Turn Off The Inner Critic…And Turn On The Inner Dinner Party

Posted on Jun 25, 2014 by Marc Sachnoff

I am a co-facilitator of a very powerful new workshop entitled ME2.0 — Transform Your Life in 5 Hours! The purpose of the workshop is to help people make significant progress in raising their sense of self-worth and self-confidence in one afternoon. We use some processes that allow participants to identify and change old ideas, beliefs, messages and habits that have been holding them back. I must say that seeing the transformations folks have gone through in these workshops is really gratifying.

But I don’t want to talk about the workshop (although I heartily recommend them if you’re in the Seattle area). Instead, I want to share with you one of the key learnings from participants about what’s really holding them back and how you too can benefit.

It’s all about what one friend calls the “Itty Bitty Sh*tty Committee.” Another calls it her “evil twin.” My friend, Matthew Ferry calls it the “drunk monkey.” Buddhists know it as the ‘monkey mind.” Whatever the name, what they’re all referring to is the part of our mind that doesn’t want us to move forward, take chances, or even become happy. It’s the voice in our head that’s constantly chattering away — and mostly in a critical manner.

“You’ll never lose that weight.” “You don’t deserve to have that.” “Who died and made you queen?” And on and on goes the incessant jabbering of what I call the Inner Critic.

Psychologists have written reams about this phenomena. But I’m not as concerned about the definition as much as I am the solution. Because if you can’t turn off the Inner Critic you will have a decidedly harder time making wise and effective choices in your life.

Ok, you might ask, so how do I turn off my inner critic?

We go much deeper into this in our ME2.0 workshops, but here are some basic steps to get you on the road to real inner peace…

1. Acknowledge that this voice is present — but it isn’t the essential you. Sure it is in there and it may have had some good purpose or intention in the past, but now its no longer serving you. One way to start when you perceive this nattering voice pop into your consciousness is to simply state to yourself — “I hear you, but no thanks.”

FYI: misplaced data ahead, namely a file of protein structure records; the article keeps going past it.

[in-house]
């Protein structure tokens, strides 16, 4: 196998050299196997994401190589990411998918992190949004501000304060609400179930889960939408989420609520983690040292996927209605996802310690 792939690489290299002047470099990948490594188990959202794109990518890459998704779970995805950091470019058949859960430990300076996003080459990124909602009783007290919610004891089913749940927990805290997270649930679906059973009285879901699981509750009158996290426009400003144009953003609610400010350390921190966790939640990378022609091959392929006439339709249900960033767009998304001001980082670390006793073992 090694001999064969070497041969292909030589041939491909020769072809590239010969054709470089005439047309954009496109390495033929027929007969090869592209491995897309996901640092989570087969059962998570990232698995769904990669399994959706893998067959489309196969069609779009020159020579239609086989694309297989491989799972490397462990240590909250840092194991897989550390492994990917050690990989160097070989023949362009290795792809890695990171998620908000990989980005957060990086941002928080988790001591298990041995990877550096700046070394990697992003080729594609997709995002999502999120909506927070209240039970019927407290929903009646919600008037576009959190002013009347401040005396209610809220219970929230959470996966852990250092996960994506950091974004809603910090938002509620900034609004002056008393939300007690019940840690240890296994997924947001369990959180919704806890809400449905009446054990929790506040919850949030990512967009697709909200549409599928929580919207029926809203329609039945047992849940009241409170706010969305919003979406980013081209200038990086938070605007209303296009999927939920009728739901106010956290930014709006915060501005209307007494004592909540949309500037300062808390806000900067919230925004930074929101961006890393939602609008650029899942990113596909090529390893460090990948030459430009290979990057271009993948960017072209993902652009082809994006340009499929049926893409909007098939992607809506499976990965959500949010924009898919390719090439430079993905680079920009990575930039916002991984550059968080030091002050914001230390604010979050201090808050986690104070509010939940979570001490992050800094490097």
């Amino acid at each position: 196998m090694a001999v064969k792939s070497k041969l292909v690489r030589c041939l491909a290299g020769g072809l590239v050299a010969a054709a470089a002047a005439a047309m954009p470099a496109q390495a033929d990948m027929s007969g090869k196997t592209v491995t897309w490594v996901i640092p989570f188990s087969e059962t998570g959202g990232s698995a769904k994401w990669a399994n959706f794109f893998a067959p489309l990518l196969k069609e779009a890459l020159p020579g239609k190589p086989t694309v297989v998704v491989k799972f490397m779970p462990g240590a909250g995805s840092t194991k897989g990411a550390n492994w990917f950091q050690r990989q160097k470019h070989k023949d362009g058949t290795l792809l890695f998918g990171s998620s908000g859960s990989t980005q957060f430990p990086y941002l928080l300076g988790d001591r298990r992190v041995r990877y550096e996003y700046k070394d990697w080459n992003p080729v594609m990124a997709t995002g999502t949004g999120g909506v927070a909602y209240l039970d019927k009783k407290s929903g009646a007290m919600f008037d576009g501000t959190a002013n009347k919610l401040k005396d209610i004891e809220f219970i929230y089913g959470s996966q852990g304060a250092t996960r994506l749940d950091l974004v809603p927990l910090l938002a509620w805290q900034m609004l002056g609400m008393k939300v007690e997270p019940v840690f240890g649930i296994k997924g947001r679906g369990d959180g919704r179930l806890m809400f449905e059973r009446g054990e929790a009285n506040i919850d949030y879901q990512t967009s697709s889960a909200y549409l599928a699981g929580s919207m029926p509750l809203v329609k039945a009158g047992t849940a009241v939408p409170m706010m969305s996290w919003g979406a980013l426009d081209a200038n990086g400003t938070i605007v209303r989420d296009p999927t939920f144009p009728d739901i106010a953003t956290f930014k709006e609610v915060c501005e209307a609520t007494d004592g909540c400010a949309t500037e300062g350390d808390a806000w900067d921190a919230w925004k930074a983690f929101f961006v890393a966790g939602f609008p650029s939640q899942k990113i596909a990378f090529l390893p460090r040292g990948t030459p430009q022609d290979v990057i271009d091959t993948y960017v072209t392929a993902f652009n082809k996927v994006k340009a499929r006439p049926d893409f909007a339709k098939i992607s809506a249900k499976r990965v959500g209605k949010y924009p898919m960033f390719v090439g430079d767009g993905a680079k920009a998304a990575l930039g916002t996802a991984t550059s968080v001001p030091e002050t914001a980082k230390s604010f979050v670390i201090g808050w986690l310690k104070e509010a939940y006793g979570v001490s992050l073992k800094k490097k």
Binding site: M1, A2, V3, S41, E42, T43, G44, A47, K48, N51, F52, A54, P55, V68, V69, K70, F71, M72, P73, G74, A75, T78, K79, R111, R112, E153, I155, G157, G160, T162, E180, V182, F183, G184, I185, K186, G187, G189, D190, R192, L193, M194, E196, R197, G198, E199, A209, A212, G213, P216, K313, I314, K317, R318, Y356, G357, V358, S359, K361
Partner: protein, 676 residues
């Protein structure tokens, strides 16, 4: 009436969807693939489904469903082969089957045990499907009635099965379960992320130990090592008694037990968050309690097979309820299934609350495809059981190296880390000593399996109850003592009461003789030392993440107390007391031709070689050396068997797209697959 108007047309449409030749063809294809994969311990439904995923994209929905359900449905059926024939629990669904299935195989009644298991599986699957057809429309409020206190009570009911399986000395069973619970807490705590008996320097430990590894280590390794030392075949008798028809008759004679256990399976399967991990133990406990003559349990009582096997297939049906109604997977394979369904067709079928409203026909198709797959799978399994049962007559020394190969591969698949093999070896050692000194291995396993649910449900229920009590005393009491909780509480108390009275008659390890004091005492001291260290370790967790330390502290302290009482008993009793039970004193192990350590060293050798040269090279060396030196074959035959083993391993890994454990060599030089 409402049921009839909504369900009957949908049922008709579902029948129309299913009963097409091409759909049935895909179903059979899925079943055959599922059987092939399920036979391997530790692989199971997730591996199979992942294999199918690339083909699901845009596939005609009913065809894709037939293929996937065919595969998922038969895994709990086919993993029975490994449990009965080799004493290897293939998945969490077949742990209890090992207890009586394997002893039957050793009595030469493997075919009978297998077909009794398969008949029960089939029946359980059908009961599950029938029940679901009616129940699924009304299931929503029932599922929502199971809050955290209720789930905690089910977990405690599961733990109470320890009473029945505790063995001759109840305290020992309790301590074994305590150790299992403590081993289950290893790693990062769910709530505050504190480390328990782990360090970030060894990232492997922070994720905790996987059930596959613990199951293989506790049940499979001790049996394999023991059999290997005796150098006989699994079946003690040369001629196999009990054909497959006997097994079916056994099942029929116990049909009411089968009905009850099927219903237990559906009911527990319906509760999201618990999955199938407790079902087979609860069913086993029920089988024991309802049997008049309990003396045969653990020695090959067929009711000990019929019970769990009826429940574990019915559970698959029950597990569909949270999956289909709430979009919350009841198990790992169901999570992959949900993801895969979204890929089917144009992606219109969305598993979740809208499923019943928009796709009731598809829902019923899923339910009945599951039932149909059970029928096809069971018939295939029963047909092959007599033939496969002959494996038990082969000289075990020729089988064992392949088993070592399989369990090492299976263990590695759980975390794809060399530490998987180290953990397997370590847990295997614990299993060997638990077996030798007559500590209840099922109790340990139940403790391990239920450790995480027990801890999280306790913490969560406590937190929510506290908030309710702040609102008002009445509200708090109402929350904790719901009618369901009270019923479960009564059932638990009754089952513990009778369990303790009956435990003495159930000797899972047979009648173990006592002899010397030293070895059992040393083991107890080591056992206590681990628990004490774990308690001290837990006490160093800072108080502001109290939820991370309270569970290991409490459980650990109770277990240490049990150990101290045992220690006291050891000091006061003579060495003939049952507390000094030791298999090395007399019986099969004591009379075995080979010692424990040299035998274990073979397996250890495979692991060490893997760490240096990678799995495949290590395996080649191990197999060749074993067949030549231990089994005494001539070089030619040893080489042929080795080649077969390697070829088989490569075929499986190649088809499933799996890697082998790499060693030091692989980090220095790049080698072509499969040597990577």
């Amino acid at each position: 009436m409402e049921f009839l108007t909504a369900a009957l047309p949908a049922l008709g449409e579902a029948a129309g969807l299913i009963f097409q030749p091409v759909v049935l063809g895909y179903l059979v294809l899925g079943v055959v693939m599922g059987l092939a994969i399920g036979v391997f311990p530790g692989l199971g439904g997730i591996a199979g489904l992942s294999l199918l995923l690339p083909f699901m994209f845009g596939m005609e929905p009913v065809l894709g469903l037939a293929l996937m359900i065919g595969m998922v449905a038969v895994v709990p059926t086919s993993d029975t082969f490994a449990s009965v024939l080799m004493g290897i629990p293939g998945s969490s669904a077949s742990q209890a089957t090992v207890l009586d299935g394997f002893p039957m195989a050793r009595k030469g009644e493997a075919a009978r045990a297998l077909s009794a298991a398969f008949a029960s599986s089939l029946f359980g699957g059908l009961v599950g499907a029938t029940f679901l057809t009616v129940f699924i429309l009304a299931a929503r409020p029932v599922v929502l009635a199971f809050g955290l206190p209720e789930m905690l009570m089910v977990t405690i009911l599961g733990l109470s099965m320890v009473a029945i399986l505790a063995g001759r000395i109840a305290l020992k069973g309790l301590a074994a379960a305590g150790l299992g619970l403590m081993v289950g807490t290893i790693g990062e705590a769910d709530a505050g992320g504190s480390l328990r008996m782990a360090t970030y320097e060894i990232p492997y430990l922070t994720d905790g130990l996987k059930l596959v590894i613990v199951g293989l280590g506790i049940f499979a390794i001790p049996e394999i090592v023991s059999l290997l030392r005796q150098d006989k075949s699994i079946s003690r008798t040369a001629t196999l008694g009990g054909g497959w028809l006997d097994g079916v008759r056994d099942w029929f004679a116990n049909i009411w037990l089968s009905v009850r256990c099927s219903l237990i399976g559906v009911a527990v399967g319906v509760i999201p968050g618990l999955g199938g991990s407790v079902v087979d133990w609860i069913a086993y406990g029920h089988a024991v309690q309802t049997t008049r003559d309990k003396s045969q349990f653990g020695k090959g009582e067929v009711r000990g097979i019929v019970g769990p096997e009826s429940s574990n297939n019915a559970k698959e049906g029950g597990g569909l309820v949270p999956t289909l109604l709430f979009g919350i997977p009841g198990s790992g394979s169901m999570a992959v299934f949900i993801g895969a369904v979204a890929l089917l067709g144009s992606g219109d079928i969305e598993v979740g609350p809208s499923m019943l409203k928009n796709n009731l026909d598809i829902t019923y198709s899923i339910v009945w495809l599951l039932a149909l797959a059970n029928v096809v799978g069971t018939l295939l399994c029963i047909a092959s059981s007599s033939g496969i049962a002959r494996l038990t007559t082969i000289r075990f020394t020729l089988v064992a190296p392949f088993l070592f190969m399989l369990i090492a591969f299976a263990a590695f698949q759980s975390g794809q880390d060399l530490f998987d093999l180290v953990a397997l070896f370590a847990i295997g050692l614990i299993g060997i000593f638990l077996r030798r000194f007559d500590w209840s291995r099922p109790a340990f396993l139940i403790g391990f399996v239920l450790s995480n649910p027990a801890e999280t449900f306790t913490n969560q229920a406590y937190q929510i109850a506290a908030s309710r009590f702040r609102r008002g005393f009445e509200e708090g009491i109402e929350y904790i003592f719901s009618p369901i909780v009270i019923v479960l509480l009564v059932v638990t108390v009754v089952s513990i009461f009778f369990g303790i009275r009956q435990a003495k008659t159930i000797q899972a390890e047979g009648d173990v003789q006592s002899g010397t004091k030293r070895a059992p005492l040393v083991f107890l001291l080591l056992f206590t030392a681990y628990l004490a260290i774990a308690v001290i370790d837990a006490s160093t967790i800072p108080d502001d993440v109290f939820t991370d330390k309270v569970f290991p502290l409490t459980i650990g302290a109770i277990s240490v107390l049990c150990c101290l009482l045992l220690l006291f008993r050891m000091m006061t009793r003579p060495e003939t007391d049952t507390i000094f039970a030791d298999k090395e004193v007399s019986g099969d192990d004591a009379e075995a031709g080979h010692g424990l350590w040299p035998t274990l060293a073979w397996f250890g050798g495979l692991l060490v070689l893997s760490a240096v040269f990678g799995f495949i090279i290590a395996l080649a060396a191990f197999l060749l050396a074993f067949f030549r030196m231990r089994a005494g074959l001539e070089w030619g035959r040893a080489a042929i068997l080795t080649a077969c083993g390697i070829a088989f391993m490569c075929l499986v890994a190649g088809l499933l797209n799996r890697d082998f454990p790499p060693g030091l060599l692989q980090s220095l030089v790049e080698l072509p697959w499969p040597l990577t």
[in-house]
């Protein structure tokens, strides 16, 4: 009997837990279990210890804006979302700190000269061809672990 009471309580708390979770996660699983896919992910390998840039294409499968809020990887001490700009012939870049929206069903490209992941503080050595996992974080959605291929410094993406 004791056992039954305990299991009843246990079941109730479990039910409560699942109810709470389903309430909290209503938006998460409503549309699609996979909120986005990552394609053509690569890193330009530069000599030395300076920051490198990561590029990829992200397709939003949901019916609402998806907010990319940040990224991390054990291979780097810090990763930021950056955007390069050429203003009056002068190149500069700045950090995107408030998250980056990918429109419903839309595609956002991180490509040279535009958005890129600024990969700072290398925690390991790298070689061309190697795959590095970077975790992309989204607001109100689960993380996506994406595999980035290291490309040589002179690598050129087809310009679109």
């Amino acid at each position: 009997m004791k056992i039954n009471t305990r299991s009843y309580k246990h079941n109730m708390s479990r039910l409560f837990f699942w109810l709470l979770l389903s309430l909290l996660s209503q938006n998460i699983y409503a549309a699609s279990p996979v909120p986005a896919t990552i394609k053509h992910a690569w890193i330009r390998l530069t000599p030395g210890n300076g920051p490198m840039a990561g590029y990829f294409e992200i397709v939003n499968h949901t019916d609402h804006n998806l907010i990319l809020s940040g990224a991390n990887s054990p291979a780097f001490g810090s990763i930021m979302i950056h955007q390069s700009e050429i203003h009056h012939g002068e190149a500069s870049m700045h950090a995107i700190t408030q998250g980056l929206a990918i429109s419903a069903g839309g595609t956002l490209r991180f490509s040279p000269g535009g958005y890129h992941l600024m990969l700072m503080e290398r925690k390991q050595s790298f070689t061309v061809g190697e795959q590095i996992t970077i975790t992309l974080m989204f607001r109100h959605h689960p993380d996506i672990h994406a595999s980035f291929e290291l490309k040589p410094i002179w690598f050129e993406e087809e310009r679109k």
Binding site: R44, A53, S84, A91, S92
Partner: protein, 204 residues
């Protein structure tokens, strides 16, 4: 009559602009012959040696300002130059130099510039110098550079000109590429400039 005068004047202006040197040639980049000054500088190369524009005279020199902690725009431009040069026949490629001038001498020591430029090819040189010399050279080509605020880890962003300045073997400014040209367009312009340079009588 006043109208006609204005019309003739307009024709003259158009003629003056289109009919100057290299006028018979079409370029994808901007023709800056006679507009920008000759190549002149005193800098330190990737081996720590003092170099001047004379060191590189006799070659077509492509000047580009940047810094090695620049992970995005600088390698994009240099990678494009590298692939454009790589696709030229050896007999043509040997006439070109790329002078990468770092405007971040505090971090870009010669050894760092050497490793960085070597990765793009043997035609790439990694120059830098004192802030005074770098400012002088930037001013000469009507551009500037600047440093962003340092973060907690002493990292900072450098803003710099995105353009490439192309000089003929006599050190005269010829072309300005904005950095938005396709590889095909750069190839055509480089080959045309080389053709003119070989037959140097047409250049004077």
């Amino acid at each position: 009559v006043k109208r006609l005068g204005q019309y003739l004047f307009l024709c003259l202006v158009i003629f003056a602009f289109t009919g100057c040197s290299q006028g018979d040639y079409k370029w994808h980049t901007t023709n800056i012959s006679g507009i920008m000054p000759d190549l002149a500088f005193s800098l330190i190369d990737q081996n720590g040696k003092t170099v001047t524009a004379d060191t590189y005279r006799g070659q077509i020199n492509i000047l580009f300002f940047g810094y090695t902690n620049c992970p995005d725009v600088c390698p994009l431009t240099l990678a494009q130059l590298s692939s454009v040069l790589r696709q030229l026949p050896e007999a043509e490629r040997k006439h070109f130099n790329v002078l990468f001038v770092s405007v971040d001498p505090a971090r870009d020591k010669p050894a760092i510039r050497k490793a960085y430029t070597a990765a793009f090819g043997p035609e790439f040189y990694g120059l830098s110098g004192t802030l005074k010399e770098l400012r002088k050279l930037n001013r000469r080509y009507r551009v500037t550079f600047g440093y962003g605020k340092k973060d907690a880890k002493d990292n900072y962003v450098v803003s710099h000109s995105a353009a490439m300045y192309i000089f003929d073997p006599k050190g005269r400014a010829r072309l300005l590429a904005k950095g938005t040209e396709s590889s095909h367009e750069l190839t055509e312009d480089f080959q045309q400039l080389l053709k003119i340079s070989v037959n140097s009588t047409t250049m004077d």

2. Identify the voice. Many of our students and clients have told us that their Inner Critic isn’t just some unknown voice — its the voice of someone they know. One woman told us that the voice was her mother, another that it was her third grade teacher who once told her that she’d never get anywhere in her life. And women’s money expert, Barbara Stanny  told me a similar story about a workshop she hosted. When she asked participants if they had this Inner Critic experience like she did, a woman popped right out of her chair and yelled, “Sister Mary Margaret!” It was the voice of a nun who had humiliated her from her days in elementary school — 40 years prior. The sister was long gone but her voice rang on in this woman’s head day after day. So if your voice has a name attached to it, acknowledge the person, living or dead and tell them that their services are no longer needed.

3. Replace. This is the fun part. Now instead of an invasive voice, what if you could choose whose voices you’d like to have in your mind — not to criticize but instead to support you? It’s like having your own Inner Dinner Party. Who would you choose to help you out on a daily basis? These could be inspiring people living or dead. It could be one person or a whole chorus of famous or even fictional characters whom you can assign to have your back.

Personal growth pioneer, Napoleon Hill called this gathering of inspirational folks his Mastermind group. One of our students calls it her Super Friends. Another her posse. Whatever you call it, invite individuals whose examples you find supportive.

4. Rinse and Repeat Now that you’ve Identified the Inner Critic and you’ve recruited your ideal Inner Dinner Party, you just need to continue to thank and dismiss the Inner Critic and call upon your posse instead until your Inner Critic simply withers away. Sure it takes practice, but it is completely within your grasp even if you’ve been listening to a bunch of yuck from your Inner Critic for decades.

So the next time you drop a plate full of food, get a parking ticket, or make a new goal and up pops that nasty critical voice, now you have a way of transforming it.

Have a happy Inner Dinner Party…

Important Note: If your Inner Critic is telling you that you should physically hurt yourself or others then something deeper may be going on and I urge you to seek professional help. Call 1-800-273-TALK (8255) and you’ll be connected to a skilled, trained counselor at a crisis center in your area, anytime 24/7.

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